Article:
BA (Hons) Fashion
Ellen Price / Fashion
The concept for this collection came to me when I was looking at all the different parts of my life that were seemingly very separate. On one hand I was about to enter my final year studying fashion, a subject I love and am passionate about. On the other hand I was volunteering in Holbeck for a local charity that support women who are caught in life crippling addictions, many who have turned to street prostitution to support their habit. As well as volunteering in Holbeck I was also living there, right on the edge of the managed approach. I moved to Holbeck to become part of the community; to live in a place where I could invest in people and walk life alongside them in both the joys and the struggles. The different segments of my life seemed separate, like they didn’t fit together. How could support work and fashion, work together? How could living in one of Leeds’ most deprived areas work alongside the glitz and glamour that fashion promotes? I decided to see how I could use my love of fashion to influence my other passions for good. How could I use my fashion practice to care for people like the ladies I support, and hopefully through them to ultimately influence the area that I live in?
Throughout my time at Leeds Beckett, I have always held a firm ethos that all fashion should be fair, ethical, and sustainable, and have tried to reflect this ethos in all of my projects. By using only organic and sustainable materials in this collection, I am taking a stand against unnecessary chemicals that are damaging both our bodies and our earth. By recycling damaged scarves and using them as a main body of fabric, I have explored the idea of what would happen if we took something that society views as undesirable, and chose to invest in it? By taking time to value and invest into the undesirable thing, then what was once seen as trash is now transformed into treasure. And if we can do this with scarves - why can’t we do it with people?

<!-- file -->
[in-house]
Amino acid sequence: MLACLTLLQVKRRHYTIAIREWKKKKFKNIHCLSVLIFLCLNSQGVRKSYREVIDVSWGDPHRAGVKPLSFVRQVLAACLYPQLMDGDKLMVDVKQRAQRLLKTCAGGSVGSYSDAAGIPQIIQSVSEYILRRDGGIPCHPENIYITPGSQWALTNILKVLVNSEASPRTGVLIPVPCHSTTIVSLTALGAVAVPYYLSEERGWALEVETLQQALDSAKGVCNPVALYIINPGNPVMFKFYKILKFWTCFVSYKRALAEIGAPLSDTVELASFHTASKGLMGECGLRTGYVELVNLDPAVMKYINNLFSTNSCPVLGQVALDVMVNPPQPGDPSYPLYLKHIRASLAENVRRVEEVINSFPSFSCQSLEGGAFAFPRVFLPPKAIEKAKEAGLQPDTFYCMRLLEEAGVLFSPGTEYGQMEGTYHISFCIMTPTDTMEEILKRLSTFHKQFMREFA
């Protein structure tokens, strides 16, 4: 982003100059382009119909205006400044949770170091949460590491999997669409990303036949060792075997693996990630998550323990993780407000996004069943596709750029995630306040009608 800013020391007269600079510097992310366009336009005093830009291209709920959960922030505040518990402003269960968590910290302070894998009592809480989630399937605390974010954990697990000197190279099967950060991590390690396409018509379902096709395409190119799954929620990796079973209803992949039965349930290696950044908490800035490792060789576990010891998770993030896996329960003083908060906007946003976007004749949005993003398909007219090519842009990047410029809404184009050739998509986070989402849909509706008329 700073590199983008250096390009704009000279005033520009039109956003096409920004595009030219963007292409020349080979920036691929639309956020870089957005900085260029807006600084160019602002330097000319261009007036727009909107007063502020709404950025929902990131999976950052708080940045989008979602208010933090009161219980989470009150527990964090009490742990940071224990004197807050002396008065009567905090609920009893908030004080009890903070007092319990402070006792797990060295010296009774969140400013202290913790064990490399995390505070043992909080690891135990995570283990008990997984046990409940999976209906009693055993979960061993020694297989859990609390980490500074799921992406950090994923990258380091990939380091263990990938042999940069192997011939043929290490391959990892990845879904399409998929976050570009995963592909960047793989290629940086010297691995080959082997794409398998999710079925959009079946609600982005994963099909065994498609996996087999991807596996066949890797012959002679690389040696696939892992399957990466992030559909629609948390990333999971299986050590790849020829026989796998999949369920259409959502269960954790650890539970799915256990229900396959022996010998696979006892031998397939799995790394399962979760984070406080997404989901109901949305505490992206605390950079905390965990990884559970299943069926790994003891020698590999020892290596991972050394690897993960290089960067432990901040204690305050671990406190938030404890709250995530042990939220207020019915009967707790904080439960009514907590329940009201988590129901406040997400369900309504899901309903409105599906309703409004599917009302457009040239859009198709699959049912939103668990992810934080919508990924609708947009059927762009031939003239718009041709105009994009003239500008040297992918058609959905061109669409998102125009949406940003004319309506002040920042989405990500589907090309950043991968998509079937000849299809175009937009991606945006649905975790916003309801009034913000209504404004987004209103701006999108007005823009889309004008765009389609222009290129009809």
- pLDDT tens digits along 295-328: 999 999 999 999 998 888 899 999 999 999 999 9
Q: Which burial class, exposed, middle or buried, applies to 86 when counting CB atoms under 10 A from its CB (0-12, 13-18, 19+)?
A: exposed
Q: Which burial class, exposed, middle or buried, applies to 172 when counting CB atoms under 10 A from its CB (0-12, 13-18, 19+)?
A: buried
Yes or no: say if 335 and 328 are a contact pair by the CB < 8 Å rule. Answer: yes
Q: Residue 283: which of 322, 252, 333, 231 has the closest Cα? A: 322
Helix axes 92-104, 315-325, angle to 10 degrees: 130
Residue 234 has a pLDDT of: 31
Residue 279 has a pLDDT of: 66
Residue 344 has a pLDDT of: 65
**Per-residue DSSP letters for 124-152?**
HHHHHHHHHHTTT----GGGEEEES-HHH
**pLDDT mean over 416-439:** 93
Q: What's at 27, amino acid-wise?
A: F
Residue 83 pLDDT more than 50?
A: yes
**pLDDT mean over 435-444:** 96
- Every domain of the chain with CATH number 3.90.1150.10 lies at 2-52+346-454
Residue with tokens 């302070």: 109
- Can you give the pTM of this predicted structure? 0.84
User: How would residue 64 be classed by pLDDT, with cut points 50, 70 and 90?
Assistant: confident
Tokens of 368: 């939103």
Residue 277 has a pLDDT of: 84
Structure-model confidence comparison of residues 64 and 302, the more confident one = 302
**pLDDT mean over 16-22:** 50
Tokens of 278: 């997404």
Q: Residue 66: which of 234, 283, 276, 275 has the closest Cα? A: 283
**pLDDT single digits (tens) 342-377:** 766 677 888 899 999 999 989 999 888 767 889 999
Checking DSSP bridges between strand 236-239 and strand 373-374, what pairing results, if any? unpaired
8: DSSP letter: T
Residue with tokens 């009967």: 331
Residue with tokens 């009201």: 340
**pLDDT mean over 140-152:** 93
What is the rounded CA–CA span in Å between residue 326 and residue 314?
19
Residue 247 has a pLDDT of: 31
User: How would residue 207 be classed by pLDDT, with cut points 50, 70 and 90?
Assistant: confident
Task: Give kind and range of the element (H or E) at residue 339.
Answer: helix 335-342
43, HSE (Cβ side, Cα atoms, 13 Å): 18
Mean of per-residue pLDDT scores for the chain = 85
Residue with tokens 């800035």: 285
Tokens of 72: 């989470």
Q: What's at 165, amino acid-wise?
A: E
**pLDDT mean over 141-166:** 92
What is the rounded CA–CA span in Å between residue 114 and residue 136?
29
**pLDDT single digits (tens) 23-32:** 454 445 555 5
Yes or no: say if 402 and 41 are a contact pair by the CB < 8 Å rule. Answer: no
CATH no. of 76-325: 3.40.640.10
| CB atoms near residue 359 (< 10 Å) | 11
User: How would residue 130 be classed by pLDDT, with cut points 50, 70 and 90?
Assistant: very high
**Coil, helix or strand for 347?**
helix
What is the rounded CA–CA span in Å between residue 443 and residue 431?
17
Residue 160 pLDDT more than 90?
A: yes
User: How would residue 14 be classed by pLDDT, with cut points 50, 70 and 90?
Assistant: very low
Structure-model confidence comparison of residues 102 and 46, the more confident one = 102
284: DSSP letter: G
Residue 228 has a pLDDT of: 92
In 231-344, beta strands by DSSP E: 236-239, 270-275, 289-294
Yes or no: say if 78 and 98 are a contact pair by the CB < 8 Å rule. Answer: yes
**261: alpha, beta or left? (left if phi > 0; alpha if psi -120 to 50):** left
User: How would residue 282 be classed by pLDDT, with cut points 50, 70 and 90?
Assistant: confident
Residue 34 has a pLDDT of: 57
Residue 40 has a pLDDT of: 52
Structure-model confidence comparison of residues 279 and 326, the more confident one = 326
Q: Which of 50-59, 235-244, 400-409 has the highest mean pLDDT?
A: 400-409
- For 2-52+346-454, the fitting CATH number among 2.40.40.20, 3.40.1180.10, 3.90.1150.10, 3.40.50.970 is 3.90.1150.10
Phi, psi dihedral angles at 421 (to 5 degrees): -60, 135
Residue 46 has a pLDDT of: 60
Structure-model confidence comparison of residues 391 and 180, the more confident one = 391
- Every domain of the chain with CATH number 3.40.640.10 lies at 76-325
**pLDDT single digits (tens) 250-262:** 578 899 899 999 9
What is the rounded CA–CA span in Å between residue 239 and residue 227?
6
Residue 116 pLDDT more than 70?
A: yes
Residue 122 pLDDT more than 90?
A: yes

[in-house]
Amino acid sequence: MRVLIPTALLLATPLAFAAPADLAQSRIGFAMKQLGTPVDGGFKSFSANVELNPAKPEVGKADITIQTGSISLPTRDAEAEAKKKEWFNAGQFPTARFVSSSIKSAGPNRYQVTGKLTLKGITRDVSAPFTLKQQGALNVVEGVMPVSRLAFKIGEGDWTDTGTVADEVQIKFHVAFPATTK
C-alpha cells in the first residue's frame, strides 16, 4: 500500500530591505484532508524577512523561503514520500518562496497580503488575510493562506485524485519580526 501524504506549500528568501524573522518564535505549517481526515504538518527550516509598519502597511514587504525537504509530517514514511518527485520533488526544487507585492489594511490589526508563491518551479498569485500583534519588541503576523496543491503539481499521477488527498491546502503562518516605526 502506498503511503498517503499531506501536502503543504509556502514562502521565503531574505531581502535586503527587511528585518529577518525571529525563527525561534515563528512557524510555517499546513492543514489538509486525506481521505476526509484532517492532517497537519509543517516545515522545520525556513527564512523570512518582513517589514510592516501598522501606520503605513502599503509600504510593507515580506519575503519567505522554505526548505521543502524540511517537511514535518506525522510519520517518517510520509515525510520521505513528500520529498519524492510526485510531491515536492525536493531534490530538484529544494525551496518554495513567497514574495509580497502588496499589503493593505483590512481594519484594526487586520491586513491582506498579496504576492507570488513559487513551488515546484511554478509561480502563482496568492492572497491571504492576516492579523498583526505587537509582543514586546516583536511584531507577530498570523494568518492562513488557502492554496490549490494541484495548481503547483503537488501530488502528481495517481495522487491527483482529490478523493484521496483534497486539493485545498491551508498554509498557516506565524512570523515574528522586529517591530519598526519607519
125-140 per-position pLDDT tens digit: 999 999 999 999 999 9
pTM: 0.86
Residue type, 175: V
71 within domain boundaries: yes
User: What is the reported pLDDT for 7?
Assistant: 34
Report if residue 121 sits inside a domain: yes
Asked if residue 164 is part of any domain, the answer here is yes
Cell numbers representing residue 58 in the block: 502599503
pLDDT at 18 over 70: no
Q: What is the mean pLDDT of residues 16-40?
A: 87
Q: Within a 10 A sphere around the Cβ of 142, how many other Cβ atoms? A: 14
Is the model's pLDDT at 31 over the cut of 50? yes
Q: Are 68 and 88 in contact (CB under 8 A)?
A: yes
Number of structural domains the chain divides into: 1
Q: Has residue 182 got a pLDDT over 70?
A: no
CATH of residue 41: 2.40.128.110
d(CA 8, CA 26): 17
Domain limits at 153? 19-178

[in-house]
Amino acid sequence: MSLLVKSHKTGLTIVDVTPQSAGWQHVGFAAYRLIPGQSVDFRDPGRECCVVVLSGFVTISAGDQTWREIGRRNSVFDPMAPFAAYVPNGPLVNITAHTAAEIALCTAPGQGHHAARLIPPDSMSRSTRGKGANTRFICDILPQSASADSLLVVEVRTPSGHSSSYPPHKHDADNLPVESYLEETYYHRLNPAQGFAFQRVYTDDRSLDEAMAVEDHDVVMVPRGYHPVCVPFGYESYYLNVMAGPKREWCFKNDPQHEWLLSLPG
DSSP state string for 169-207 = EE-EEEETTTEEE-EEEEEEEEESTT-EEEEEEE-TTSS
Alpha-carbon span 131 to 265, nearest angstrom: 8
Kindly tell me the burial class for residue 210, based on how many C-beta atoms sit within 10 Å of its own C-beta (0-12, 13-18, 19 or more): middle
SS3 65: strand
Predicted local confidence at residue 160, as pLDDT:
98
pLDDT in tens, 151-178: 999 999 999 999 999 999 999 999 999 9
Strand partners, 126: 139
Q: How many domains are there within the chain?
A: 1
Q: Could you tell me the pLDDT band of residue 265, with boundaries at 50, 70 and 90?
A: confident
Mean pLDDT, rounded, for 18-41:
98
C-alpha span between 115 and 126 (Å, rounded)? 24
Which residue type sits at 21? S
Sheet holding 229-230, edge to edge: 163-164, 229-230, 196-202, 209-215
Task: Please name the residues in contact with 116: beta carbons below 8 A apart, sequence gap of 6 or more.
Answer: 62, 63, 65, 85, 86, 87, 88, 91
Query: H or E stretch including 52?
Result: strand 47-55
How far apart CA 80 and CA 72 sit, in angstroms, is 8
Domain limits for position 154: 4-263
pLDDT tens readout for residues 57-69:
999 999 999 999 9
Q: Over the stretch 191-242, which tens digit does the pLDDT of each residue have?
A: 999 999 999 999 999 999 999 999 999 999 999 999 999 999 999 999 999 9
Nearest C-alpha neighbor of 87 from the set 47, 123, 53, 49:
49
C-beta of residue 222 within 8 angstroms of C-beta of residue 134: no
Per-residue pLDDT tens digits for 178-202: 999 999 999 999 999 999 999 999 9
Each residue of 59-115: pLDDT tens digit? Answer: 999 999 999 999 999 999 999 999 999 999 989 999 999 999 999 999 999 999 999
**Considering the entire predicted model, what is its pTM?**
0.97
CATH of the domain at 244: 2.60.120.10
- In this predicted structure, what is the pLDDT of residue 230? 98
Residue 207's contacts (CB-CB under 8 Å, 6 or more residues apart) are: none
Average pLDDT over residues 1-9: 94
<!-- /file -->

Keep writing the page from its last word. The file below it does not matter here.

Through my time supporting addicts I have become very aware of the different street names for various drugs. When on placement going through the dye swatch book, I discovered there were many pantone colours that have names which could be linked back to various different drugs. For example, the Pantone colour “Purple Haze” is a beautiful lilac/blue in tone, whilst also being synonymous with a strain of cannabis by the same name. I found so many of these references that I decided to use them as my colour pallet using this as a starting point when sourcing ethical and sustainable fabrics that matched with the earthy tones. The print design that can be found repeated throughout this collection stems from my research into the emotional turmoil of being trapped in addiction – reflecting the caged, imprisoned feeling that many people who struggle with drug abuse describe.
The silhouettes in this collection aim to blend and merge the divide between social classes in our society. Whilst researching addiction, I became very aware of the stereotypes and stigma that surrounded drug misuse. It is often found that when society think about someone struggling with substance addiction, they think of a person who is unkept, living in squalor and often homeless. In reality this can often be the furthest from the truth – there are many “high functioning addicts” in our communities that struggle from the same substance abuse but manage to live a functional, and from the outside “normal” life. These stereotypes can not only be degrading and damaging to the most vulnerable in our society, but they can also harm the high functioning addict as this viewpoint can make it harder for the high functioning addict to recognise their problem and get early professional help. This lead me to deconstruct professional and tailored pieces, synonymous with bankers who work on Wall Street (a place famous for its high functioning drugs misuse) - and to distort and mix these pieces combining them with every day casual wear, with the aim to break down social barriers and to make this collection accessible to all.
I believe that the true remedy to addiction is deep connections and a supportive community, clothes cannot provide that – only people can. Saying this, I truly do believe that fashion can be used as a tool to spread awareness, funds, employability, and hope. But not without people stepping outside of their comfort zones and opening conversations that they might normally avoid. I know I plan to use my skills in any way that I can to deepen connections and draw people into community, and I hope my collection inspires others to do the same.